Smallholder farmers in the flood-prone districts of Phalombe, Mangochi and Nsanje in Malawi are now optimistic to stand on their feet following prospects of good harvest after severe floods washed away their fields last year. Through a six-month “Emergency Input Support to Populations affected by floods in Phalombe, Mangochi and Nsanje districts of the southern region of Malawi” project running up to December 2013, FAO supported 2, 700 farmers – translating into an indirect population of 14, 850 people – who each received 3kg of maize seed, 1kg pigeon peas, 1kg of cow peas, 2kgs of Phaseolus bean, 15kg of fertilizer and 20kg of Urea top dressing fertilizer. The project crucially aimed at improving the quality of life of vulnerable groups through the provision of agricultural inputs and capacity building on the growing of diversified and improved short cycle varieties of crops and utilization of water collection points or residual moisture through small scale irrigation. Through the project, farmers were trained on good agricultural practices for maize and legume production using appropriate post-harvest handling techniques in order to make households affected by floods and dry spells recover from extreme climate condition shocks that predisposed them to food insecurity and abject poverty.
Bright prospects for maize production lighten up farmers’ futures
During a visit to farmers’ fields to assess crop performance in March 2014, the crop stand showed positive results and farmers were ready to adopt the technologies they had learnt during the project. They were confident that the harvest will provide them with enough food and stability despite suffering previous season’s climatic shocks.
“This crop will allow me to produce enough food which makes me feel secure for the first time in months,” said Austin Forte, 26, a lead farmer responsible for training 27 farmers in Nsanje district.
Similar sentiments were echoed in Phalombe where Dorifa Hesten, 38, received the inputs after floods cleared her fields.
“In the past, we were seriously hit by hunger and struggling to buy food but now with this crop in the garden we are happy; it is clear we will have enough food to eat,” said Hesten, a mother of two.
“This is the first time I have seen maize growing like this in my fields. We will have enough food for the year. I think other farmers should be using this technology,” she added.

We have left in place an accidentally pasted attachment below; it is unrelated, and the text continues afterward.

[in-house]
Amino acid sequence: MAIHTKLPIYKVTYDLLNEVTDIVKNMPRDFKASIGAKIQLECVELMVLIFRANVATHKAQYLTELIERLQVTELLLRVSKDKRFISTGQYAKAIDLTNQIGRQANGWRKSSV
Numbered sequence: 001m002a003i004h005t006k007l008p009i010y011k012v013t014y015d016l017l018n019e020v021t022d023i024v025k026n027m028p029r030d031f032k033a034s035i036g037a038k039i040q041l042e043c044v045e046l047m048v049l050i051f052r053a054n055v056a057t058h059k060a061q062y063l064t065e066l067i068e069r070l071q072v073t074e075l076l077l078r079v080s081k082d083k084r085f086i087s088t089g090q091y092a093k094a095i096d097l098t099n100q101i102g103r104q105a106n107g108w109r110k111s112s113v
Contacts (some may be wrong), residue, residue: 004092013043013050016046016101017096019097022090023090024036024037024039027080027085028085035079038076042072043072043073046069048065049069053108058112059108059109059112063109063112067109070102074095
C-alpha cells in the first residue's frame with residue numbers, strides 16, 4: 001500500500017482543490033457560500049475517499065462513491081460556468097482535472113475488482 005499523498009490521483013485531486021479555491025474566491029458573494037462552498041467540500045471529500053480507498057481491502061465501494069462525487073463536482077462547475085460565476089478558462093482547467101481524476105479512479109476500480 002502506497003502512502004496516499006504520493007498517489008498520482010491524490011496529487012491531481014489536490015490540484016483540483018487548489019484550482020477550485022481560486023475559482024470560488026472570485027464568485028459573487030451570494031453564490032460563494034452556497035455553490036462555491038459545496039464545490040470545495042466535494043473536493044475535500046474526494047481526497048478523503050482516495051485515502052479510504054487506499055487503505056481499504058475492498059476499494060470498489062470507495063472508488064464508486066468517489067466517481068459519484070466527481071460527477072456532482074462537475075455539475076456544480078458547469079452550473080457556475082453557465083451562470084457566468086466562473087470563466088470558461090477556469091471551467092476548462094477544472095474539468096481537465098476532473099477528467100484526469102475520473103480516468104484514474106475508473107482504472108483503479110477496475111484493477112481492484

Agatha Thomas, 27, is all smiles at the prospects of bumper harvest. Her field is a typical example of a young woman eager to learn new farming technologies and poised for greater heights in farming.
“I no longer wake up at night thinking I cannot feed my children. I am now hopeful to harvest enough corn and legumes,” said Thomas, mother of three, whose field was washed away by the floods.
Timely relief, a solid safety net for affected farmers
Osmund Chapotoka, District Agriculture Development Officer for Phalombe, said the project provided timely relief to the designated 900 farmers in the district who became hopeless after floods ravaged their fields. Following the project, 90 percent of the targeted farmers enjoyed good maize crop prospects, in addition to pigeon peas.
FAO national project coordinator Samuel Mingu urged farmers in the three targeted districts to use the technologies learnt from the project in all future farming activities.
A glimpse into the project’s background
In January 2013, the government of Malawi received reports of flooding from the three districts and, in collaboration with the United Nations Resident Coordinator’s Office, constituted an inter-agency assessment team to conduct a thorough investigation of the situation.
The assessment found that a total of 6,475 households were affected, with some people displaced from their homes. Several livestock were washed away, school calendar was disturbed as people found shelter in schools. Over 7,500 hectares of different types of crops including maize, tobacco, legumes and cotton were either washed away, covered by sand or flooded in water resulting into wilting and eventually drying up the crops.
The situation was exacerbated by prolonged dry spells that hit 16 districts in Malawi, including the targeted three districts, of which some were hit three years in a row resulting into 1.9 million people with missing food entitlement, according to the Malawi Vulnerability Assessment Committee (MVAC).
The assessment team made recommendations on interventions to strengthen the resilience of the affected households. Some of recommended activities included: support with food items, agricultural inputs for immediate replanting in the affected fields, support to irrigated farming through use of residual moisture or existing small scale irrigation scheme in the affected communities, distribution of cassava and sweet potato vines, vegetables and legumes for a diversified production.